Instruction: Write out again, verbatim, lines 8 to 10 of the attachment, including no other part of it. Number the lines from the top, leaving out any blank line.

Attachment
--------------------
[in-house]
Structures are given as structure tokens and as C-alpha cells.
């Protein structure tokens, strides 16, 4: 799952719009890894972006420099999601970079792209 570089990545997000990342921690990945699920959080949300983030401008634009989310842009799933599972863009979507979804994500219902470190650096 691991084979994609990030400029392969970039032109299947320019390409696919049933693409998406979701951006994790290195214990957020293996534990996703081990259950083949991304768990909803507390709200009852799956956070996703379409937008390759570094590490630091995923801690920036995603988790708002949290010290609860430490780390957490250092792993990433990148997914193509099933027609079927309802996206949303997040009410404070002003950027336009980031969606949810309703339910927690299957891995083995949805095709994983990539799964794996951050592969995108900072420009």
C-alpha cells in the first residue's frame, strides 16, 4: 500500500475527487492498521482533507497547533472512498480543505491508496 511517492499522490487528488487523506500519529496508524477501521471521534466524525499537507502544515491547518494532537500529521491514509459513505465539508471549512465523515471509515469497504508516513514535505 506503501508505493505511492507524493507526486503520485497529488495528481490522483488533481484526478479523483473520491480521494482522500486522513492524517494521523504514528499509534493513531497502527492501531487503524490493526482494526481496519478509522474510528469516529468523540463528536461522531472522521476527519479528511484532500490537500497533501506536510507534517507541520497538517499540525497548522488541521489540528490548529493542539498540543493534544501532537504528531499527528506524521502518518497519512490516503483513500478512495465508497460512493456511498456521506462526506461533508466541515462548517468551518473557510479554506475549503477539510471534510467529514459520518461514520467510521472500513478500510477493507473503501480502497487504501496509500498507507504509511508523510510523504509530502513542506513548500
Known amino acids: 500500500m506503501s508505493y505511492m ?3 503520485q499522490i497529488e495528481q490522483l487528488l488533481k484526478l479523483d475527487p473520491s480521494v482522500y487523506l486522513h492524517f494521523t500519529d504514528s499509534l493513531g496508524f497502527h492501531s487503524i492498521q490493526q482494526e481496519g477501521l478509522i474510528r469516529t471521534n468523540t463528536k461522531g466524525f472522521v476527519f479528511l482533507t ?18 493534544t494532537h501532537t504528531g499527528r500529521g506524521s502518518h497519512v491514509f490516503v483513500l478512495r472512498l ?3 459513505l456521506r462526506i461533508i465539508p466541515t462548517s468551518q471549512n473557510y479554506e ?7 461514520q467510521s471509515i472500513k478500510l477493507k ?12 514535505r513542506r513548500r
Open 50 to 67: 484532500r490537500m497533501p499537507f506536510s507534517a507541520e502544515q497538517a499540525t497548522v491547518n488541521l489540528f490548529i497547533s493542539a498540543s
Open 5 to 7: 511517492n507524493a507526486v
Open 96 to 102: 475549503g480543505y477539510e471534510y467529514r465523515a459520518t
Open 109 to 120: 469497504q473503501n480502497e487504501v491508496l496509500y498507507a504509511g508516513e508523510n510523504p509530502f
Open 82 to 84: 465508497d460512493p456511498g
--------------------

Open 96 to 102: 475549503g480543505y477539510e471534510y467529514r465523515a459520518t
Open 109 to 120: 469497504q473503501n480502497e487504501v491508496l496509500y498507507a504509511g508516513e508523510n510523504p509530502f
Open 82 to 84: 465508497d460512493p456511498g